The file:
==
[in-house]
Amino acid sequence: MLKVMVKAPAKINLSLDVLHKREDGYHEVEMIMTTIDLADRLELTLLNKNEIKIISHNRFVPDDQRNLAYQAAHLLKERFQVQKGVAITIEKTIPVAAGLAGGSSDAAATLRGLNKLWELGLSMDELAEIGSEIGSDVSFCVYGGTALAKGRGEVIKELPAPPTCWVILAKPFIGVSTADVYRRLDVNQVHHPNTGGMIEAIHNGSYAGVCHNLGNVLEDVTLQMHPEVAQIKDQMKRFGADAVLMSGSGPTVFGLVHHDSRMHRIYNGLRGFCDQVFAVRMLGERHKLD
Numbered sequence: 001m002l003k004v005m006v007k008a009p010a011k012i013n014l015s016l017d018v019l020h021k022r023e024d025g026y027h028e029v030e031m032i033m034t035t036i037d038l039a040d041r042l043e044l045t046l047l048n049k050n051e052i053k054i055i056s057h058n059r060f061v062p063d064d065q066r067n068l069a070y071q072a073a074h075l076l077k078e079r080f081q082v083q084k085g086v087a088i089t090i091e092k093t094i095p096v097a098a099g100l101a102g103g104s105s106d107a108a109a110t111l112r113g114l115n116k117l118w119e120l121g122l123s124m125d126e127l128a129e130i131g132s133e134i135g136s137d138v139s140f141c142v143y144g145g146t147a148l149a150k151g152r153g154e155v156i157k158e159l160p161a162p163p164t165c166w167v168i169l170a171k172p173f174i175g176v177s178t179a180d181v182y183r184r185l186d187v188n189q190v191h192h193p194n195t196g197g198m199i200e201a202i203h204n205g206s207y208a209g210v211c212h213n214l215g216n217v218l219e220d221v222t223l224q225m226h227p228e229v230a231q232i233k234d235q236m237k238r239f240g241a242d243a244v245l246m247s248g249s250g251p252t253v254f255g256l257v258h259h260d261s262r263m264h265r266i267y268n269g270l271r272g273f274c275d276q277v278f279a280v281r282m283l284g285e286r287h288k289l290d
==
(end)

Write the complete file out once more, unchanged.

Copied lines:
[in-house]
Amino acid sequence: MLKVMVKAPAKINLSLDVLHKREDGYHEVEMIMTTIDLADRLELTLLNKNEIKIISHNRFVPDDQRNLAYQAAHLLKERFQVQKGVAITIEKTIPVAAGLAGGSSDAAATLRGLNKLWELGLSMDELAEIGSEIGSDVSFCVYGGTALAKGRGEVIKELPAPPTCWVILAKPFIGVSTADVYRRLDVNQVHHPNTGGMIEAIHNGSYAGVCHNLGNVLEDVTLQMHPEVAQIKDQMKRFGADAVLMSGSGPTVFGLVHHDSRMHRIYNGLRGFCDQVFAVRMLGERHKLD
Numbered sequence: 001m002l003k004v005m006v007k008a009p010a011k012i013n014l015s016l017d018v019l020h021k022r023e024d025g026y027h028e029v030e031m032i033m034t035t036i037d038l039a040d041r042l043e044l045t046l047l048n049k050n051e052i053k054i055i056s057h058n059r060f061v062p063d064d065q066r067n068l069a070y071q072a073a074h075l076l077k078e079r080f081q082v083q084k085g086v087a088i089t090i091e092k093t094i095p096v097a098a099g100l101a102g103g104s105s106d107a108a109a110t111l112r113g114l115n116k117l118w119e120l121g122l123s124m125d126e127l128a129e130i131g132s133e134i135g136s137d138v139s140f141c142v143y144g145g146t147a148l149a150k151g152r153g154e155v156i157k158e159l160p161a162p163p164t165c166w167v168i169l170a171k172p173f174i175g176v177s178t179a180d181v182y183r184r185l186d187v188n189q190v191h192h193p194n195t196g197g198m199i200e201a202i203h204n205g206s207y208a209g210v211c212h213n214l215g216n217v218l219e220d221v222t223l224q225m226h227p228e229v230a231q232i233k234d235q236m237k238r239f240g241a242d243a244v245l246m247s248g249s250g251p252t253v254f255g256l257v258h259h260d261s262r263m264h265r266i267y268n269g270l271r272g273f274c275d276q277v278f279a280v281r282m283l284g285e286r287h288k289l290d